What Are the Costs Involved if I Do Not Have a Driver’s License?

Driving is not a right but a privilege extended to a person by the government upon meeting the set requirements. That means the government can take away the privilege under some circumstances by suspending the license temporarily or revoking it permanently.

Having a license suspended or revoked can cause a lot of disruptions to the affected person. Sometimes, some circumstances may force individuals with revoked or suspended licenses to get behind the wheel. While it’s possible to do so and get away with it, you may face dire consequences if you get pulled over.

Driving Without A Valid License Is Illegal

Driving on Americans roads without a valid driver’s license is illegal in all states. Upon an arrest and a conviction, the offender will be looking at hefty fines or time in prison. In Florida, a conviction with the offense can constitute a misdemeanor or a felony and attracts statutory penalties ranging from 60 days in jail and a $500 fine to a maximum of five years prison time and a fine of $5,000.

If a driver has three convictions with the offense in five years, they risk having their license revoked permanently. If you face charges for driving without a valid driving license, talking to an Orlando auto justice attorney can help avoid a conviction.

Cost Of Driving Without A License

The cost of having your driver’s license goes beyond court fines and jail time. Some consequences can be life-altering and last for many years after the commission of the offense. These consequences include:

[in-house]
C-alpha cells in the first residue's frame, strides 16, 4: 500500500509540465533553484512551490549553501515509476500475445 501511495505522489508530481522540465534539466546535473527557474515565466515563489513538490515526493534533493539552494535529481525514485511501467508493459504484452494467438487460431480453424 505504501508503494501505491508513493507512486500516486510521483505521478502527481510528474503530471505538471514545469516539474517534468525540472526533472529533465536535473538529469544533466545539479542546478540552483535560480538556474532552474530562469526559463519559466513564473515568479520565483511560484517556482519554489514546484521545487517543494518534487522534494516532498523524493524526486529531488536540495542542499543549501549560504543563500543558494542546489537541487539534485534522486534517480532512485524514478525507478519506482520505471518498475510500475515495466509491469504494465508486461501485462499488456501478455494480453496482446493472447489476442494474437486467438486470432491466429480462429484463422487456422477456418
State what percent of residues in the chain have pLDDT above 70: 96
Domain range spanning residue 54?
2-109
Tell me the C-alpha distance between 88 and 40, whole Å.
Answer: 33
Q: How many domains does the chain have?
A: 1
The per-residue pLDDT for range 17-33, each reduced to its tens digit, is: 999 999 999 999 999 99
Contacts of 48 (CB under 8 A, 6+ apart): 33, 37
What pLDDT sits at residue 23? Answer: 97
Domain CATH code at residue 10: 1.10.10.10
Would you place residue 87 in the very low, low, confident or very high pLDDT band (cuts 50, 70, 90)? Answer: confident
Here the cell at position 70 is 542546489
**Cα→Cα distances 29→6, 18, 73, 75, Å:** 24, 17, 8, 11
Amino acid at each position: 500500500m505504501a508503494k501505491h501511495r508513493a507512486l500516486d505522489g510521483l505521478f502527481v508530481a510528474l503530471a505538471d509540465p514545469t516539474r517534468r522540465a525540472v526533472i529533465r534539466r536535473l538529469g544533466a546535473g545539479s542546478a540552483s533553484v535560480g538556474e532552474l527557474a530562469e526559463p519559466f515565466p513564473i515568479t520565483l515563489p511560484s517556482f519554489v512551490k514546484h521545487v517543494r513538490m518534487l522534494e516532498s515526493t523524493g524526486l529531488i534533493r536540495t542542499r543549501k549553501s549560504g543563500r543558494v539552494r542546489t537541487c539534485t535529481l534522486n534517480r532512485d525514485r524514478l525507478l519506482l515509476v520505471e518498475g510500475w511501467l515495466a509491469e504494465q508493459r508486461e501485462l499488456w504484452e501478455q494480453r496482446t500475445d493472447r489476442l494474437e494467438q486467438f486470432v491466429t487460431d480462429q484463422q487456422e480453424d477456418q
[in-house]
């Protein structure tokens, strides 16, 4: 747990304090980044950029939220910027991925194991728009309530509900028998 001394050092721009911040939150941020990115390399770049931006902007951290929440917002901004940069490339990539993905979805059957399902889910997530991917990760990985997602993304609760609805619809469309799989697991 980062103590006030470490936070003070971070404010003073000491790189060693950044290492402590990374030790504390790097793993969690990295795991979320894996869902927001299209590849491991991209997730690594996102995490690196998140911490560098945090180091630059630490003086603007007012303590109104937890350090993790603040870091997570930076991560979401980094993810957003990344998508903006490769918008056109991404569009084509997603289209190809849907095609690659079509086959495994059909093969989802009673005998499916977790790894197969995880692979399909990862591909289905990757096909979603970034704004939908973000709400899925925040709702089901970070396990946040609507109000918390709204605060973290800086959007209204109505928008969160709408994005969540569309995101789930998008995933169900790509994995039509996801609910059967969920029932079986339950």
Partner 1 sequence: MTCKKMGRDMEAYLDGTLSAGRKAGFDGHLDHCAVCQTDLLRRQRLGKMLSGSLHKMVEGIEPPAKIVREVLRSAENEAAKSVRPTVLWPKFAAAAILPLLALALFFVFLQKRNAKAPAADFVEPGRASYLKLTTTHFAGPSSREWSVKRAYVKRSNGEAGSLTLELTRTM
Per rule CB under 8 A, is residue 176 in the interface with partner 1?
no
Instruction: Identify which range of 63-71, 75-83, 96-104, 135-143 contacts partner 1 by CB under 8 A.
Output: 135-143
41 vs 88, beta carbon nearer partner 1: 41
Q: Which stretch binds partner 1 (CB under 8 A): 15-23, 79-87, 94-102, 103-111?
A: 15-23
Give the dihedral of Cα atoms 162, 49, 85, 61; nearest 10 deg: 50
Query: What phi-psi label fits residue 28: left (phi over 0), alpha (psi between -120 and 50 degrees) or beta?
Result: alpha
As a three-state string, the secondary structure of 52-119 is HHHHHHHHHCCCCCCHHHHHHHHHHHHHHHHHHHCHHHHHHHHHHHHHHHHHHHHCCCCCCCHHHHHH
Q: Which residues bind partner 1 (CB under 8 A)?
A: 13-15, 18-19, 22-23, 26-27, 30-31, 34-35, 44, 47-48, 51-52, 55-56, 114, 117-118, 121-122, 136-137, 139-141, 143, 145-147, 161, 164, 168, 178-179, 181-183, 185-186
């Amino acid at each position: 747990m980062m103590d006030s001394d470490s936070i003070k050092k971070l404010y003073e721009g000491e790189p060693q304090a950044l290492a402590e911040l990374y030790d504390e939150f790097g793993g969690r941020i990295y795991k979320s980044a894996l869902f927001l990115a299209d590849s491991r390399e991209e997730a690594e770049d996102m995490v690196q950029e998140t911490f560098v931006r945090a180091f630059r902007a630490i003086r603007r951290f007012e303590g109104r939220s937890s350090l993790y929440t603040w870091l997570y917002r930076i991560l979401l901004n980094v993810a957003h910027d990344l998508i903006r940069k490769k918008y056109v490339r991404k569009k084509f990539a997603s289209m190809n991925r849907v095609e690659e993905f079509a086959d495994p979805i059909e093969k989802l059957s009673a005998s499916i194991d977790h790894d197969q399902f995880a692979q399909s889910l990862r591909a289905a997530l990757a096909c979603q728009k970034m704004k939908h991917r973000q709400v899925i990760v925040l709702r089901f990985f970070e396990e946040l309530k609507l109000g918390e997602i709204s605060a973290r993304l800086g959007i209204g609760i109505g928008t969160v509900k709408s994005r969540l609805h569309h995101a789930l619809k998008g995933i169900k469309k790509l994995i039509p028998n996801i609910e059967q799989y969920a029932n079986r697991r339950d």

1.      A Criminal Record

Upon a conviction and satisfying the conviction’s statutory requirements, you will still have a criminal record to worry about. Having a criminal record comes with other repercussions, such as limitations on job opportunities.

For example, an employer may not want to hire a person with a record of risk-taking while on the road, especially if the job on offer involves being on the road in company vehicles.

2.      High Insurance Premiums

Insurers are not fond of risk-takers. An arrest and conviction that leads to a license suspension can be used by insurance as a reason to raise your premiums because persons with high incidences of traffic rule violation are deemed risky by insurers. As a result, they are likely to pay higher premiums than other drivers.

A conviction with driving without a license heightens your perception as a risky driver resulting in even higher rates or being denied coverage by insurance.

3.      Vehicle Impounding

In some states like Alabama, driving with a revoked or suspended license can result in immediate vehicle impounding by the police. In Florida, the arresting officer can also seize a vehicle under some circumstances.

Having a vehicle impounded results in additional fines to have the car released. After 35 days from impounding, a lien is placed on the car requiring the owner to pay up or lose ownership.

4.      The Longer License Suspension Period

The inconveniences of a suspended or revoked licensee are usually the main reason a person decides to drive without a license. Everyone thinks they will get away with it before getting behind the wheel without a license. And you could.

However, upon arrest for the offense, you risk living with the inconveniences of having a license revoked for longer. A consecutive offense carries harsh penalties, including longer license suspension periods.

Final Words

Anyone who has ever had their licenses revoked, suspended, or limited know they must be familiar with the inconveniences it can cause. While you may feel tempted to take the risk of getting on the road without a license, it’s not worth it going by the consequences listed in this post.

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